- Being alone in houses, sometimes in remote areas and often with clients that are unknown to them, puts real estate agents at risk regularly.
- According to NAR's 2015 Member Safety Report, 40 percent of respondents feared for their personal safety or the safety of their personal information while working.
- Luckily, technology is moving forward in the safety arena in ways that can help many real estate agents be proactive in their approach to safety.
For more than 10 years, the National Association of Realtors (NAR) has designated September as National Realtor Safety Month. But the need for real estate agents to be aware of safety issues on the job is more critical than ever.
Being alone in houses, sometimes in remote areas and often with clients that are unknown to them, puts real estate agents at risk regularly.
According to NAR’s 2015 Member Safety Report, 40 percent of respondents feared for their personal safety or the safety of their personal information while working.
In addition, 4 percent of respondents indicated that they had been a victim of some crime while working as a real estate professional. The most common crime was robbery, which was followed by assault and identity theft.
Despite these numbers, NAR reports that less than half of respondents have taken part in a self-defense class or safety course. What precautions are you and your company taking to stay safe?
Technology is moving forward in the safety arena in ways that can help many real estate agents be proactive in their approach to safety.
Today, there is a wide variety of products and smartphone apps that can help real estate agents take precautions against possible crimes and get help, should they need it.
Safety inventions can include vehicle alert systems that agents working in remote areas might require, as well as products that keep doors from closing and creating a confined space.
Other products offer to send alerts and GPS locations with the push of a button, such as V.ALRT, an emergency response system. These alert buttons can stand out, but a new product, CUFF, provides a line of “smart” jewelry that can send an emergency alert while appearing innocuous.
Although in NAR’s survey more women (48 percent) reported safety concerns than men (25 percent), male real estate agents are not immune to safety issues.
According to a 2011 report on crimes against real estate agents, nearly 30 percent of victims were men. Thus, the Cuff product line isn’t limited to bracelets and pendants; simple button modules and keychains are also available.
Real estate agents don’t have to commit to wearing certain jewelry or carrying a particular keychain. There are a wealth of smartphone apps designed to both locate you and allow you to reach out for help.
Although only 13 percent of NAR respondents reported using a safety app, awareness of and use of these apps are growing, both within and outside of the real estate community.
Recently, the new Companion app has been making news by offering users a way to allow friends or family to walk them home virtually. But there are also apps aimed specifically at real estate professionals.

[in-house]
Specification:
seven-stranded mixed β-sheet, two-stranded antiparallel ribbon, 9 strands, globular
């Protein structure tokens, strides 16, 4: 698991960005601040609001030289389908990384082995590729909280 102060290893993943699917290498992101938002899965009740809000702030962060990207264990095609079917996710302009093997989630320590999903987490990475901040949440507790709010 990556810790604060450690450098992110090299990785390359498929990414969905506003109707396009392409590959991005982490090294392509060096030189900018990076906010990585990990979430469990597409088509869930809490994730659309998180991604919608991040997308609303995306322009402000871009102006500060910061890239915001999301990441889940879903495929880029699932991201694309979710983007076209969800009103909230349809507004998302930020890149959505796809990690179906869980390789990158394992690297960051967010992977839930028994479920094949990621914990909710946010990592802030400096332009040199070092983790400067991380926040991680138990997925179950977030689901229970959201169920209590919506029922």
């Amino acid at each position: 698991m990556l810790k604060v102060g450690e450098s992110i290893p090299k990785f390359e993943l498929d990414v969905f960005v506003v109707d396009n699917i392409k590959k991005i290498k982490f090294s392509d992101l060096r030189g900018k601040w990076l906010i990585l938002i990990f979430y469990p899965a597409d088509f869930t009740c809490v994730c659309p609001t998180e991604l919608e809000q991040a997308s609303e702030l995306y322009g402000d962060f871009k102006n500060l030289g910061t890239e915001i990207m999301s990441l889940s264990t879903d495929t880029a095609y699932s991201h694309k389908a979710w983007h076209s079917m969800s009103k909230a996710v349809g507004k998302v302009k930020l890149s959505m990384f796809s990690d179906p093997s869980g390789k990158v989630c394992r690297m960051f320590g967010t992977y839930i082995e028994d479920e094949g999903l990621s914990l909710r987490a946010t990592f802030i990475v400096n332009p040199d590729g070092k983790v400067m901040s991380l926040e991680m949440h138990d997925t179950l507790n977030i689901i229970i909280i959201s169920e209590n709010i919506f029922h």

Agents Armor, for example, allows you to let your designated contacts know when you are on a showing and periodically checks in during the appointment to make sure you’re safe.
If you prefer something less interactive, Real Alert is an app that allows you to dial 911 or hit an alarm from one screen. Or the Safe-Fi app turns your phone’s power button into an emergency call button.
In addition to all the technology available to agents, there are numerous resources that can help agents educate themselves on the safety issues inherent in their job.
There are a variety of articles, videos and webinars; NAR offers an online safety course to teach risk assessment and help you develop safety protocols.
Local real estate boards might also provide safety classes or booklets on crime prevention. Many communities offer self-defense courses, as well.
Of course, being safe should start by practicing a few simple safety precautions:
1. Meet clients in your office.
If you’ve had no interactions with prospective clients before, do not meet them at a property. Instead, bring them into the office, get their name and information (potentially even their license plate) and make sure a co-worker has access to that data.
2. Don’t identify properties as “vacant” on yard signs.
3. Don’t lead clients.
When showing a house, make sure to keep your client in front of you, particularly on the stairs.
4. Always carry your cell phone with you.
Make sure your phone has easy access to emergency numbers or a safety app. And always keep your phone charged.
5. Don’t work alone at open houses.
Plan to have a co-worker or lender attend with you. You’ll be able to offer better customer service and be safe at the same time.
With help from today’s technology and a few common-sense precautions, real estate agents can be safe and successful.
For a list of safety products and smartphone apps, visit NAR’s safety resource page at realtor.org/topics/realtor-safety/safety-resources.
Wendy Forsythe serves as executive vice president and head of global operations for Carrington Real Estate Services LLC. Follow her on Twitter.